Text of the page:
Maxwell’s Farm in Cape Elizabeth, pictured in 2022, was forced to end its u-pick strawberry operations early this summer because of an invasive fruit fly. Drew Johnson/The Forecaster

Fruit flies have damaged strawberry crops around Maine, causing some growers to end their pick-your-own seasons early.

Late this week, Maxwell’s Farm and Jordan’s Farm, both in Cape Elizabeth, posted notices on social media about the fruit fly issues. Jordan’s Farm said Friday that it would not be picking any more strawberries from its fields, including pick-your-own. The notice went on to say that to ensure that customers won’t go without highly prized local berries, the farm will be buying berries from another local farm to sell at its farm stand for the next week.

“Farming is a fickle thing and Mother Nature can be cruelly dismissive of our livelihood,” read the post from Maxwell’s on Thursday. “This morning we learned that overnight, the fields we were planning on harvesting next, now have new ‘companions,’ in the form of very small fruit flies. … Because of this unfortunate discovery, we are now closed for the remainder of the 2024 strawberry season.”

The Spotted Wing Drosophila, a pest that came to the U.S. from Asia, can damage berries, soft fruits and some vegetables. This year, it has arrived early, shutting down some strawberry operations. File photo

David Handley, a vegetable and small-fruit specialist at the University of Maine Cooperative Extension, said the culprit is the spotted wing drosophila, an invasive pest that made it to Maine in 2011 and has been a problem ever since for berry growers.

“My phone was on fire yesterday,” Handley said Friday. “It’s not just picking on the Cape Elizabeth growers. It seems to be fairly well-distributed around the state. Looking at what’s been going on in the rest of New England, we’re not alone there either.

“What’s unusual this year is we don’t typically see (fruit fly) populations build up until much later in the season,” Handley continued. “This is typically a big pest in raspberries, blackberries and blueberries that ripen later in the season. Usually, we don’t see it in strawberries. For whatever reason, the relatively mild winter or the warm temperatures this spring, (the flies) have gotten into higher populations a bit early this year, so it’s getting the tail end of the strawberry season as well.”


Handley said he can’t yet estimate the damage to the state’s strawberry crop, but will talk with farmers in the next couple of weeks to assess the flies’ impact on yield.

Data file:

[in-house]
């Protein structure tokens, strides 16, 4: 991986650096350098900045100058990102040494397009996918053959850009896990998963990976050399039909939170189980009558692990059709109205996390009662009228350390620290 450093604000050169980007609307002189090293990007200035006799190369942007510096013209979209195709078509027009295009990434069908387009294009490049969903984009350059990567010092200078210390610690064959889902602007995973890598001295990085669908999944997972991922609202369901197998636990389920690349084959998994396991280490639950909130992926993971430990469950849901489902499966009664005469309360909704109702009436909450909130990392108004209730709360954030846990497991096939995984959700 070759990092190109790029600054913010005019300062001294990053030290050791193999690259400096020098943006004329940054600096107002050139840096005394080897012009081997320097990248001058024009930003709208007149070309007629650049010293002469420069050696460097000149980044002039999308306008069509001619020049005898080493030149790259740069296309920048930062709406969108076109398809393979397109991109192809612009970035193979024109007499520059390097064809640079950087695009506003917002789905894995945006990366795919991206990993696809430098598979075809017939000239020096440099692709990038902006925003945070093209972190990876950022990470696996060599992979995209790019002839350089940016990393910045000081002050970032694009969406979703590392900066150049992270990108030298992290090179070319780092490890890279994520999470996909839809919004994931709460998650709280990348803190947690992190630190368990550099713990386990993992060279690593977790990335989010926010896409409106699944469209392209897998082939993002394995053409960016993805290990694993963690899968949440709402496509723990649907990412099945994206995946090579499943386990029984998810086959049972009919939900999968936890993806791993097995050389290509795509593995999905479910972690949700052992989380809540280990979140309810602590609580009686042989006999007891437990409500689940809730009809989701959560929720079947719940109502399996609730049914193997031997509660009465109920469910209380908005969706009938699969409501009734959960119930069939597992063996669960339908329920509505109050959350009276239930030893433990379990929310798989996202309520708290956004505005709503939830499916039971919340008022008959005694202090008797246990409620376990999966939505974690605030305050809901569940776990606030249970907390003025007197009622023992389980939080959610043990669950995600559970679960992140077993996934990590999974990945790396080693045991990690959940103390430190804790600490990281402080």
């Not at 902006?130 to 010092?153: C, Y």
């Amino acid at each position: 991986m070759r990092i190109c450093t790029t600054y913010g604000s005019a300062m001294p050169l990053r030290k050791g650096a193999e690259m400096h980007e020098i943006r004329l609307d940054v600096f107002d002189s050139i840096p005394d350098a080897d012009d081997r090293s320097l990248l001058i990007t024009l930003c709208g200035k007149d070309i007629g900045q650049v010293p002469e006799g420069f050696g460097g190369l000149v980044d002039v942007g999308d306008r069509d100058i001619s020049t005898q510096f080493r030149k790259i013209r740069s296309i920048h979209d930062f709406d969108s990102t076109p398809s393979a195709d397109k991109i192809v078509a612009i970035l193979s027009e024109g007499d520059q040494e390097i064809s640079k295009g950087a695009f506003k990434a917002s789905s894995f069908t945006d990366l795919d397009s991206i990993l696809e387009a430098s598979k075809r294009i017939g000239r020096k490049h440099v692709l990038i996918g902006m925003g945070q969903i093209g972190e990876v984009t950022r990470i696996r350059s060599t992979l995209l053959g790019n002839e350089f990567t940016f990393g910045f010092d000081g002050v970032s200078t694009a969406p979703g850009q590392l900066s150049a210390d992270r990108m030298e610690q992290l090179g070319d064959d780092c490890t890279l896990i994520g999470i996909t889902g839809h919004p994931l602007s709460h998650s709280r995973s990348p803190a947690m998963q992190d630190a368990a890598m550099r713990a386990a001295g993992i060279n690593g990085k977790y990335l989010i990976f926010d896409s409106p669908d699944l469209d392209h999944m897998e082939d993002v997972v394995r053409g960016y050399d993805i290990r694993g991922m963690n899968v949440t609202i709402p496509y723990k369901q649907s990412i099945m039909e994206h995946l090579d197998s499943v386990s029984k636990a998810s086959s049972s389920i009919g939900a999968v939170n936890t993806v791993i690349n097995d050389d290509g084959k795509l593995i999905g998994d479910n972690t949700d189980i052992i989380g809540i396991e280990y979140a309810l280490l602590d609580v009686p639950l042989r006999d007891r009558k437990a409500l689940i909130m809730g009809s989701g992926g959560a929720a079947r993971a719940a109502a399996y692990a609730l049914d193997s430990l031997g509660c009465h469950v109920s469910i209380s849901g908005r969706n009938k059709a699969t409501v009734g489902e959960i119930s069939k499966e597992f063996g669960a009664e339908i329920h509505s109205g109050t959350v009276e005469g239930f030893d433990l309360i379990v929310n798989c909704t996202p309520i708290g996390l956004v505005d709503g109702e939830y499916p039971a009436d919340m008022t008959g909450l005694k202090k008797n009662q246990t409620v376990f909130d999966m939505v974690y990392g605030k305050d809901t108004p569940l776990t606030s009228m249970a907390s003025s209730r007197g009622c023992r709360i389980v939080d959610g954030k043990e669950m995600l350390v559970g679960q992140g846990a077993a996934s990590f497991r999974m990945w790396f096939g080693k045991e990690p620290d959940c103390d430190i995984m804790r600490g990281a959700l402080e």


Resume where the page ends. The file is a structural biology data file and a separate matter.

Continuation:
Other Maine strawberry growers reported no issues with the flies. “Everything’s going fine here,” said a staffer at Pineland Farms in New Gloucester, while a voice message at Fairwinds Farm in Bowdoinham reported Friday that they’re still picking “small but sweet” strawberries. R. Belanger & Sons Farms in Lewiston posted on Facebook that its berries are ripening faster than usual because of warm weather and rain, but made no mention of fruit fly problems.

Handley said the strawberry season started around June 15 this year for most Maine farmers, around the usual time.

“The harvest season was naturally more concentrated this year because when you get that kind of heat, everything ripens at once,” he said. “So it looked like it was going to be a short season anyway, but this certainly made it a lot shorter than we wanted it to be, and not the way we wanted it to end, either.”

Handley said the early fruit fly activity means farmers will need to be vigilant right away with their coming berry crops. “Typically, raspberry and blueberry growers can pick for a week or two before they start noticing flies and then they’ll get on a control program,” he said. “This year, they’re going to have to be on the ball right from the get-go.”

Farmers can take a variety of measures to defend against fly damage, including applying pesticides and setting up protective netting over the crops. “There are all kinds of things that can be done long term and in the short term to make sure we’re still putting good-quality fruit out there,” Handley said. “We’ve dealt with this pest before. It caught us by surprise by its early arrival, but it is something we’ll be able to manage. We should still be looking forward to a good growing season, the crops are looking really good.”

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